Sunday, August 31, 2008

Flute Trio today

I woke up this morning at 9, coincidentally the time I was supposed to meet the other two women in our flute trio to perform at the Unitarian church I am loosely a member of. I had been up late working last night, intermittently reading scandalous rumors on the Internet about Sara Palin's baby boy having been born to her daughter, not to her, and other scandalous rumors saying the first rumors were started by people wanting liberals like me to react with condemnation against this woman "whose only crime was protecting her daughter," or would have been, except that the rumors weren't true. It's all very confusing.

I also discovered that Sarah Palin plays the flute, or at least played the flute as her talent when she competed in beauty contests. I have not been able to find anything on her views on the arts, but I think she may be, at least, the only musical instrument-playing national candidate. (I am totally at odds with her stands on other issues.)

Interesting woman, though, and it is stories like these that make me despair of ever writing fiction. Real life is just so much more convoluted.

Anyway, there I was, groggy at 9 AM, and the service started at 9:30. We were playing "The Water is Wide" and the first movement of the first trio of "Haydn's [four] London Trios." I opted to play the flute on the third part, rather than cello. This was a big event (Sunflower Sunday, in which the fellowship was dedicating its solar panels and promoting energy conservation and renewable energy), and I didn't want to worry about intonation.

I couldn't find the flute part to the Haydn, so grabbed the score, the flute, etc., threw on some clothes (my husband had gotten them out of the dryer for me while I was brushing my teeth), and my husband drove me to the meeting house, which is only a mile away. I was worried about parking problems, so thought it would be quicker if he just dropped me off.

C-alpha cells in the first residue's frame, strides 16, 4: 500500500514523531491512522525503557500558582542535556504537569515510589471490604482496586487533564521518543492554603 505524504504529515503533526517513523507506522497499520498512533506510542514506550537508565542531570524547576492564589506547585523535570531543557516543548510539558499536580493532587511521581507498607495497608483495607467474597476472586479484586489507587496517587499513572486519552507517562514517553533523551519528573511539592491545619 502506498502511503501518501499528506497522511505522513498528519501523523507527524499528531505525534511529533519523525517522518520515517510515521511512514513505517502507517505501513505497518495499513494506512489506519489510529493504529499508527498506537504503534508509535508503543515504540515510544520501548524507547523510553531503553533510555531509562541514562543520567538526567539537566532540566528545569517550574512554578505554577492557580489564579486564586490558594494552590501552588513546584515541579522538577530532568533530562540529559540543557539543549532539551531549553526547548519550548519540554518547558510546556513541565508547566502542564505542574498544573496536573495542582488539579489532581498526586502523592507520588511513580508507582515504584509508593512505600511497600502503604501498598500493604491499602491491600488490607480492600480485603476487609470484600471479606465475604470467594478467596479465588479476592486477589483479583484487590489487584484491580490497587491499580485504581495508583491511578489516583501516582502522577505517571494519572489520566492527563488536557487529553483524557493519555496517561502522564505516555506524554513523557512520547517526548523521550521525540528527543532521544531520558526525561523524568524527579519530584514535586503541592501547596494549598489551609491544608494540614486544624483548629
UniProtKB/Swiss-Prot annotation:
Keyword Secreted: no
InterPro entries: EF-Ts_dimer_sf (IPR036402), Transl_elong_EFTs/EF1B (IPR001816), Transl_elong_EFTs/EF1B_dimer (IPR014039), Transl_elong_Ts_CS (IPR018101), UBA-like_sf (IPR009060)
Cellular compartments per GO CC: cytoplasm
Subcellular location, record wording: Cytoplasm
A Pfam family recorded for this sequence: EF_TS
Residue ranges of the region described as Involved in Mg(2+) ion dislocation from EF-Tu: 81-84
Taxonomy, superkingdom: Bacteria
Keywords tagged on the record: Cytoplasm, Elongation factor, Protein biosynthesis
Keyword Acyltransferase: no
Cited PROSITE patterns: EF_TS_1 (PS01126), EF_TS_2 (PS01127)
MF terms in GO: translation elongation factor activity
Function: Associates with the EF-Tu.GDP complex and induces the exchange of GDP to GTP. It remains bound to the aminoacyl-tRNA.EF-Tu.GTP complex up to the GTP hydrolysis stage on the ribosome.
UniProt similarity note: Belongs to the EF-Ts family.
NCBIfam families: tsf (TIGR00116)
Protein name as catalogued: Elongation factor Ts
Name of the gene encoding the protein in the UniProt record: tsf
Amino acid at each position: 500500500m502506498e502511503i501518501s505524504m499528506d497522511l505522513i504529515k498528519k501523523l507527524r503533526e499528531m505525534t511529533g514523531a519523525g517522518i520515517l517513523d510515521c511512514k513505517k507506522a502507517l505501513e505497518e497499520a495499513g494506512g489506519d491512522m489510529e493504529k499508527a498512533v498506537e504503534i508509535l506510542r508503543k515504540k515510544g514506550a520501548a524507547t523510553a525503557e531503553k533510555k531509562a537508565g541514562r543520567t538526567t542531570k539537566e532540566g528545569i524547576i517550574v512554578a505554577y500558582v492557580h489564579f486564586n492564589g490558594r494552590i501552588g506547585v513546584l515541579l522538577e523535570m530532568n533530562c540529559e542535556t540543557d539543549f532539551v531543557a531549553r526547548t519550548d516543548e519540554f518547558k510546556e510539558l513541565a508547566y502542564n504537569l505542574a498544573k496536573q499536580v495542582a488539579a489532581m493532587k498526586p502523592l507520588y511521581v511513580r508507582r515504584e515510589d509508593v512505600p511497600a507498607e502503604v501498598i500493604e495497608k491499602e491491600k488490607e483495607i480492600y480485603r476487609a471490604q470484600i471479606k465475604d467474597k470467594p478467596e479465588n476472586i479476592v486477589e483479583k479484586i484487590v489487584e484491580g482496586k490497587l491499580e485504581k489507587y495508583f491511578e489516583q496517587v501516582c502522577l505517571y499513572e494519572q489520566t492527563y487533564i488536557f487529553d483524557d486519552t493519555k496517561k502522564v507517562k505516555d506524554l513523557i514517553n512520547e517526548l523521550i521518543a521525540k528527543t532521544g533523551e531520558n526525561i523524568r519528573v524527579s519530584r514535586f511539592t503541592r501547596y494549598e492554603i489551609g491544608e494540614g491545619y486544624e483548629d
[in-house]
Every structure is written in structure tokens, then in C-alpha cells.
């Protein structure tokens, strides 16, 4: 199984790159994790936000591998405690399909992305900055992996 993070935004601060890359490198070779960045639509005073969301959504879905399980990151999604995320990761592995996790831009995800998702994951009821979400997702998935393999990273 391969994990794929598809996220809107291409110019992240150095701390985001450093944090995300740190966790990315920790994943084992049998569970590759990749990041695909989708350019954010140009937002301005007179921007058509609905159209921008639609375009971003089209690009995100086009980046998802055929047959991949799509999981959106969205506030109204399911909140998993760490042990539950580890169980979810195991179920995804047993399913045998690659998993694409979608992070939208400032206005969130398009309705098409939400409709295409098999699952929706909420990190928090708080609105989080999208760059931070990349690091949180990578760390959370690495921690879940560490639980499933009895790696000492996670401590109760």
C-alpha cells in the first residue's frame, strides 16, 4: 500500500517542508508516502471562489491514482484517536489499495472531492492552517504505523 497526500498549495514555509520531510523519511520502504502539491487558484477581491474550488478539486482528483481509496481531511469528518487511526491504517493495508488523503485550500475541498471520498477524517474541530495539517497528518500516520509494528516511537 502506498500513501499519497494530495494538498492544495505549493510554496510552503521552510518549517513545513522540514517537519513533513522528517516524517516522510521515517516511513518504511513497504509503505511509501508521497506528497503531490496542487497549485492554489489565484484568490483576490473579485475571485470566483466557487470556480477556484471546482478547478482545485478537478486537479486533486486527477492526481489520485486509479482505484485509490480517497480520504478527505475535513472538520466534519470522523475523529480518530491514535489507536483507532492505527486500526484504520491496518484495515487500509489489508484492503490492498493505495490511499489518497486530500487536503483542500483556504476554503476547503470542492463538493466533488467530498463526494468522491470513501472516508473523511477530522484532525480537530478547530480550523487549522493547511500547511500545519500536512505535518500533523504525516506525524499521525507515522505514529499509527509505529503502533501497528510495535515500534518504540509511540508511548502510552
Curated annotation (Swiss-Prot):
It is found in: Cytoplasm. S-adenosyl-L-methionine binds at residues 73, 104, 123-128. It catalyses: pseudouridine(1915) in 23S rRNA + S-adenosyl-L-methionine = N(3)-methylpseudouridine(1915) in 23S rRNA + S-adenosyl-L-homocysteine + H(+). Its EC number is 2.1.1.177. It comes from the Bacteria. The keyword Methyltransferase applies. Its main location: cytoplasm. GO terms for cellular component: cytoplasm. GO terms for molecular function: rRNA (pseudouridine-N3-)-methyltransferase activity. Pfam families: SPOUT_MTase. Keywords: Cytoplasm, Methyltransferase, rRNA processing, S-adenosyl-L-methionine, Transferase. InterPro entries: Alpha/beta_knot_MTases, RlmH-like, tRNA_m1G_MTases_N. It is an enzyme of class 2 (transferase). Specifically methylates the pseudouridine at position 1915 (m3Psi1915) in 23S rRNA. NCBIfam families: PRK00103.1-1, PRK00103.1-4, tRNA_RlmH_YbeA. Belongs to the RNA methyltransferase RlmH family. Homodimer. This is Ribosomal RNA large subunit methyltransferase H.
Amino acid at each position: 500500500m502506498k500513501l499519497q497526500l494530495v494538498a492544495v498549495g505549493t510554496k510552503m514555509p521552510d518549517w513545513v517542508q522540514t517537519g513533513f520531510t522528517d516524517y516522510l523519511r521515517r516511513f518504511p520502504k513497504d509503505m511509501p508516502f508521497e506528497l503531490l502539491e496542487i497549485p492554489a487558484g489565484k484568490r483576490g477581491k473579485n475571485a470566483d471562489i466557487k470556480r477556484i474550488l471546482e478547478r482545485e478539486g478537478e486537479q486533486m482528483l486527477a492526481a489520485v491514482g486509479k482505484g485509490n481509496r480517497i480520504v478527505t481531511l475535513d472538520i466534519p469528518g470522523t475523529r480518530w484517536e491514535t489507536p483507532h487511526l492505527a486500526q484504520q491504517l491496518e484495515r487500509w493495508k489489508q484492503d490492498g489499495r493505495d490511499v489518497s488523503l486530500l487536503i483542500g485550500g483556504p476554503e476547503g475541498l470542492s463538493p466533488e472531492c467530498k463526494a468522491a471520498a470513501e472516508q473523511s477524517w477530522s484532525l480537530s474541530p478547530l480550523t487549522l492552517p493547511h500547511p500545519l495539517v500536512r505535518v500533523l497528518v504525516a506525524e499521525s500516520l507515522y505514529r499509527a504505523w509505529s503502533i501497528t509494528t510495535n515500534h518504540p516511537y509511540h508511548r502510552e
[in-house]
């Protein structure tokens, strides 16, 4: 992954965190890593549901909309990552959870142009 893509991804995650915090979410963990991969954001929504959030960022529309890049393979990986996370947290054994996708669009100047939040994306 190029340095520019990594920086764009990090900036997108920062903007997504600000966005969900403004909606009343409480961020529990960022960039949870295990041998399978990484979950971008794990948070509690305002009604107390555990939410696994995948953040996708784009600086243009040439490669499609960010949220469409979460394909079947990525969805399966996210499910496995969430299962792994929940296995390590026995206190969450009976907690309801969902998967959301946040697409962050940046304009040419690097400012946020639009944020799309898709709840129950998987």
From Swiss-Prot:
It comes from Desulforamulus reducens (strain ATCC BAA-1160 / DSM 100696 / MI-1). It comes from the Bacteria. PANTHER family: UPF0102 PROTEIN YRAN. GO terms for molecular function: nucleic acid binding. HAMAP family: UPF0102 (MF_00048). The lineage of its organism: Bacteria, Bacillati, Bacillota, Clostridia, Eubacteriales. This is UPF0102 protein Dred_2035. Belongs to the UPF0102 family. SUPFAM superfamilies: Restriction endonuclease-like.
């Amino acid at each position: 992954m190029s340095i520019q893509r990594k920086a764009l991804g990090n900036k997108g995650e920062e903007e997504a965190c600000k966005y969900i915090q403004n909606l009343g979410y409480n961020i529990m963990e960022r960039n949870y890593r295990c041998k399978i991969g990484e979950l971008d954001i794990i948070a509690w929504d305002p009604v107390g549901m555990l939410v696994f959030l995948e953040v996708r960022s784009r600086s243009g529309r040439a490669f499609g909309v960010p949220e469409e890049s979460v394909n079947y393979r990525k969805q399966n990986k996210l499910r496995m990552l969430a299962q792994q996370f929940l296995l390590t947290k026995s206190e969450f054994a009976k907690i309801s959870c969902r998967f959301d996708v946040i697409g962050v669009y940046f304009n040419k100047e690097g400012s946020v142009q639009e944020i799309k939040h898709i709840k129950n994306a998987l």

I got there with about 10 minutes to spare, not enough time to rehearse, and only a short time to warm up and tune. Nevertheless, all went well (despite my missing a note or two when I had to turn pages of the score), and we all agreed it was our best performance. The audience was very complimentary and one woman wanted to buy our CD (which we haven't recorded yet, but I have started to think we should...).

I decided to walk home, and, for once, was glad I had the flute with me, and not the cello.

Saturday, August 30, 2008

Playing at the Art Fair

Members of our newly organizing orchestra played, in various combinations, at the art fair a couple of days ago. This was sort of a last minute thing and we had very little time to rehearse, but I think it came together pretty well, all things considered.

For once, I played cello better than flute, for the simple reason that we rehearsed the harpsichord, violin and cello music two or three times before the event, and we mostly sight-read the music for the flute, oboe, and clarinet ensemble. Practicing--it makes a difference! Other groups performing were flute and harpsichord, Irish flute and harpsichord, and fiddle and string bass.

We intend to do it all again at a harvest fair in September. Hopefully, we will have a few rehearsals in between.

Sunday, August 24, 2008

A Day at the Beach